The best 65-inch TVs should do more than deliver great picture or good sound quality. Today’s TVs are smart, sharply designed and packed with the latest tech, but you also want a set that balances value along with the fancy features. When a 65-inch TV is the right fit, all of these factors matter even more, because that big screen will take up a lot of space in your living room or home theater.
According to our guide What size TV should you buy?, you’ll get the best viewing experience seated 60 inches (5 feet) from a 65-inch 4K screen, so make sure that you have adequate space for your big screen, and plan accordingly. You’ll need adequate space for the width of the TV (roughly 4.5 feet across) and you’ll want to decide up front whether you’re planning to use the included stand or mount the TV on the wall.
Over the course of the year, we look at everything from budget smart TVs to premium OLED models. After reviewing dozens of TVs, with well over 100 hours of lab testing and eyes-on viewing, we’ve pulled together this list of the best 65-inch TVs you can buy.
What are the best 65-inch TVs?
When it comes to 65-inch TVs, our clear favorite is the LG CX OLED, which delivers incredible picture quality and a feature-rich smart TV experience. From the stellar OLED panel to the motion- and voice-controlled smart features, the LG CX OLED isn’t just the best TV we’ve reviewed, it’s also the smartest and offers huge value for its premium price.
For the budget-conscious, the TCL 6-Series Roku TV (R635) is our top pick. For less than $1,000 you get a brilliant QLED display with mini-LED backlighting, providing the best OLED alternative we’ve seen all year. And while Roku TV may not be as feature-filled as some of the smart TV platforms we’ve seen, the sheer amount of apps and content available is staggering. The TCL 6-Series R635 is the best TV value of 2020, and it’s not even close.
The best 65-inch TVs in 2021
The 65-inch LG CX OLED is one of the best TVs ever made, with a mix of performance and features that put other TVs to shame. The OLED display offers rich, detailed picture quality with razor sharp 4K resolution and pixel-perfect lighting, and LG makes things even better with powerful video processing and Dolby Vision IQ, which adjusts the display for ideal HDR performance in any lighting conditions. LG has also loaded the TV with smarts, like built-in support for Amazon Alexa and Google Assistant for voice interaction and smart home compatibility. Combine the ease of voice control with a motion-sensing remote and the LG is the most intuitive smart TV we’ve ever used.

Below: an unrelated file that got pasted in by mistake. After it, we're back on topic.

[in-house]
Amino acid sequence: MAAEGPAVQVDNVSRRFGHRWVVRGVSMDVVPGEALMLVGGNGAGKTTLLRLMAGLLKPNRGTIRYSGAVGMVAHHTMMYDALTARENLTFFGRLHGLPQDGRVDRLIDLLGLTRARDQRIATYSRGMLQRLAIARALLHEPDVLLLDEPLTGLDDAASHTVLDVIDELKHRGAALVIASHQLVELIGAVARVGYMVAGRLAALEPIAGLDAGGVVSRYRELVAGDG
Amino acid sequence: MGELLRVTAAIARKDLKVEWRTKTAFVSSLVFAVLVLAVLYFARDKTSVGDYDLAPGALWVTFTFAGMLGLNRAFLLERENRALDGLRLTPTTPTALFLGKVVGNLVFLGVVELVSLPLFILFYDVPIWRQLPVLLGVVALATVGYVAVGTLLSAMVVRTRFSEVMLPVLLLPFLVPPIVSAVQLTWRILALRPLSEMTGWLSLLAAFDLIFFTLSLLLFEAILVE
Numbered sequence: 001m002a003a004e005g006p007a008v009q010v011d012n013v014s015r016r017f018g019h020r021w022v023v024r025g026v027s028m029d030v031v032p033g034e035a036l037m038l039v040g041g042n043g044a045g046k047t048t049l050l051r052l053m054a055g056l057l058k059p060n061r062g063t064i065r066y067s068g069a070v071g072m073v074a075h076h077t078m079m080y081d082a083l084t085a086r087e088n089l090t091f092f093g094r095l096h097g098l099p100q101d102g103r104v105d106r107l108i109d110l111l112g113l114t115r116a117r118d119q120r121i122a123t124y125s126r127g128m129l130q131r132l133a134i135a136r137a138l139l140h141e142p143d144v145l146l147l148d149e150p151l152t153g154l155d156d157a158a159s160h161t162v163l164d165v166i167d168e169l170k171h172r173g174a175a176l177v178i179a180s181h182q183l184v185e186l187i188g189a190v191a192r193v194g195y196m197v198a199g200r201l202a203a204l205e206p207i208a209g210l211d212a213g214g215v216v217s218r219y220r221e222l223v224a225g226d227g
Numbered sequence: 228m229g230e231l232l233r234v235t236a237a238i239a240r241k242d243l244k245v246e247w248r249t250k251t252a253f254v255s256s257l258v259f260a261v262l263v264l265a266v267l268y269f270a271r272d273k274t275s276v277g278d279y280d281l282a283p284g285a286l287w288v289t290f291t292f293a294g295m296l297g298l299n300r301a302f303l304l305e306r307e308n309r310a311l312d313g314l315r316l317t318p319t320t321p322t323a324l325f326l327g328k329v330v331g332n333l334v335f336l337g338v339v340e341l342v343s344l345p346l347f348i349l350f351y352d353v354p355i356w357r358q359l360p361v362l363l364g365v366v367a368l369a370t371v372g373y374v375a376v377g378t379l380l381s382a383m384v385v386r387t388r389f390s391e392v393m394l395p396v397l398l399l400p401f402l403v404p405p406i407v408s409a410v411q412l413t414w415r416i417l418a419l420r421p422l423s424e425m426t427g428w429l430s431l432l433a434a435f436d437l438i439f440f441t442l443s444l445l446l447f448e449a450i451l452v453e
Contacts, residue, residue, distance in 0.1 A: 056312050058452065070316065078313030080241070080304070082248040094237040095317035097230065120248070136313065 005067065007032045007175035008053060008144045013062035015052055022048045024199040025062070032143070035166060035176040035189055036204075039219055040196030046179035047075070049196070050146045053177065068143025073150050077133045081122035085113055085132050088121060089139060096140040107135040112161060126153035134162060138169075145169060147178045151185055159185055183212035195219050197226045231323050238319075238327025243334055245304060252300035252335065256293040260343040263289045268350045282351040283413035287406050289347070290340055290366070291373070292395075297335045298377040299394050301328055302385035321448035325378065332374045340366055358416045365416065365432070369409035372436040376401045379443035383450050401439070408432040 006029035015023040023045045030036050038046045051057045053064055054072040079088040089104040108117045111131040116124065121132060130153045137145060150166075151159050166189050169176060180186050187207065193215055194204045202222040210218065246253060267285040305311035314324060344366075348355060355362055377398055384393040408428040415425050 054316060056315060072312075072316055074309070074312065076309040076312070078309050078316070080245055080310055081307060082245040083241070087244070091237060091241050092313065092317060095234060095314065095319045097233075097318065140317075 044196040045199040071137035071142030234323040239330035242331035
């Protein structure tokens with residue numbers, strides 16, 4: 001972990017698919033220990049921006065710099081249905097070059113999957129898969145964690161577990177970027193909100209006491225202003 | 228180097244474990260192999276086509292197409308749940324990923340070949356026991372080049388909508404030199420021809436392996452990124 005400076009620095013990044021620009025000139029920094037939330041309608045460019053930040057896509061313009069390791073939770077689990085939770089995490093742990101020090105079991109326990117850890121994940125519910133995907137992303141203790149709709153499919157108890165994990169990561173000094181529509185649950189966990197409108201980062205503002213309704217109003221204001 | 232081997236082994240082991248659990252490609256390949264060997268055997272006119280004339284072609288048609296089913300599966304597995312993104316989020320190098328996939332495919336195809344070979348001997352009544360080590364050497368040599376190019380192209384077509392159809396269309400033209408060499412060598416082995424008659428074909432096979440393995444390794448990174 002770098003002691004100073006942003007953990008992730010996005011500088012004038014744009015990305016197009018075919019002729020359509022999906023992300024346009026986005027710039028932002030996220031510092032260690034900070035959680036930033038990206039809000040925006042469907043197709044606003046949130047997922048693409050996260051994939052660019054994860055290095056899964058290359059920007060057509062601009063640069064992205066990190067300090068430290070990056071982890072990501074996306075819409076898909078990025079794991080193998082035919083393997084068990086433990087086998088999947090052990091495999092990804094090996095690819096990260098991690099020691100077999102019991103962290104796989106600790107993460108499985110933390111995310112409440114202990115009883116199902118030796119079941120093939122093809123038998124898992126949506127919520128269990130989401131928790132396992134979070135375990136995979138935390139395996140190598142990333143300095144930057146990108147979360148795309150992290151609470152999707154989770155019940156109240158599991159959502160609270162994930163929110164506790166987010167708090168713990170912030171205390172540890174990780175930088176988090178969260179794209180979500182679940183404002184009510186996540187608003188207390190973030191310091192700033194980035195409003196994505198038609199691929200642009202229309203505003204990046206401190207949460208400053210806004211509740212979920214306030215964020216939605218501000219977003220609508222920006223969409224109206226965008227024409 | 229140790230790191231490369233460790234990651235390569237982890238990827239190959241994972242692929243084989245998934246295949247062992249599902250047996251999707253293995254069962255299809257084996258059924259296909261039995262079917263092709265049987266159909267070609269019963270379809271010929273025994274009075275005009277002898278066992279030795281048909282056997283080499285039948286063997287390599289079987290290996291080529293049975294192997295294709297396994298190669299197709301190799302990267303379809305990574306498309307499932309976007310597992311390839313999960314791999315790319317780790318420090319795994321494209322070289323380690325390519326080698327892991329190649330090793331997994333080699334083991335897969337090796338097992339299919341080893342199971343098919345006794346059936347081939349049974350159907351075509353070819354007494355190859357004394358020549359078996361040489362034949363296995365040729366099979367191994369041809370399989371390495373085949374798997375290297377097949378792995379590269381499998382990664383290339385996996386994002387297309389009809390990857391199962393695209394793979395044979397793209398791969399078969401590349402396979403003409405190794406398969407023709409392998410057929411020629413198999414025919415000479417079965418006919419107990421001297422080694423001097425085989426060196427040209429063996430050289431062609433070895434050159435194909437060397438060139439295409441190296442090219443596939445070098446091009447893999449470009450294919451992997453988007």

With both HDMI 2.1 connectivity and Nvidia G-Sync support, it’s also the best gaming TV, whether you use a console or a PC. Speedy performance and gamer-friendly features just seal the deal. It’s also a beautiful TV when the power’s off, thanks to LG’s display-on-glass design and sleek stylings. From every angle, it’s the best TV we’ve seen.
Read our full LG CX OLED review.
When it comes to value, there’s just no beating the TCL 6-Series Roku TV (R635). With the 65-inch model selling for an affordable $899, the TCL is packed with capabilities on a par with much more expensive competitors. The display looks great thanks to QLED enhancement for better color and brightness, and the mini-LED backlight offers the best contrast and HDR performance we’ve seen on a LCD-based display.
TCL also adds gamer-friendly features, like THX Certified Game Mode, which makes it one of the best sets for the latest game consoles like PS5 and Xbox Series X. Combine this with smart design touches like built-in cable management and the excellent Roku TV platform, and the TCL 6-Series R635 is the best budget-friendly value you can get in a 65-inch TV.
Read our full TCL 6-Series Roku TV (R635) review.
If you’re willing to pay top dollar for unbeatable quality, the Sony Bravia A8H OLED is the 65-inch TV to buy. This 4K OLED TV is a thing of beauty, with immaculate picture quality, impressive audio and the best version of Android TV you’ll find. But with a higher price than even competing OLED sets, this is quality at a premium price, and it’s not for everybody.
Sony’s powerful X1 Ultimate Picture Processor delivers unbeatable picture quality, the OLED display looks exquisite, and Sony’s Acoustic Surface Audio produces incredible sound right from the screen. But it’s not the best TV for gaming support, with no HDMI 2.1 capability and slow response times, and the higher price of the Sony only delivers small improvements over the competition. If money is no object, it’s the TV to get, but you’ll get a better bang for your buck elsewhere.
Read our full Sony Bravia A8H OLED TV review.
The 65-inch Vizio OLED TV (OLED65-H1) is the most affordable OLED TV on the market, and the first to offer a less-premium alternative to offerings from LG and Sony to shoppers in the United States. Selling for hundreds of dollars less than the competition, the Vizio OLED packs plenty of smart features alongside the 4K OLED display, and delivers the sort of premium picture quality that normally costs much more.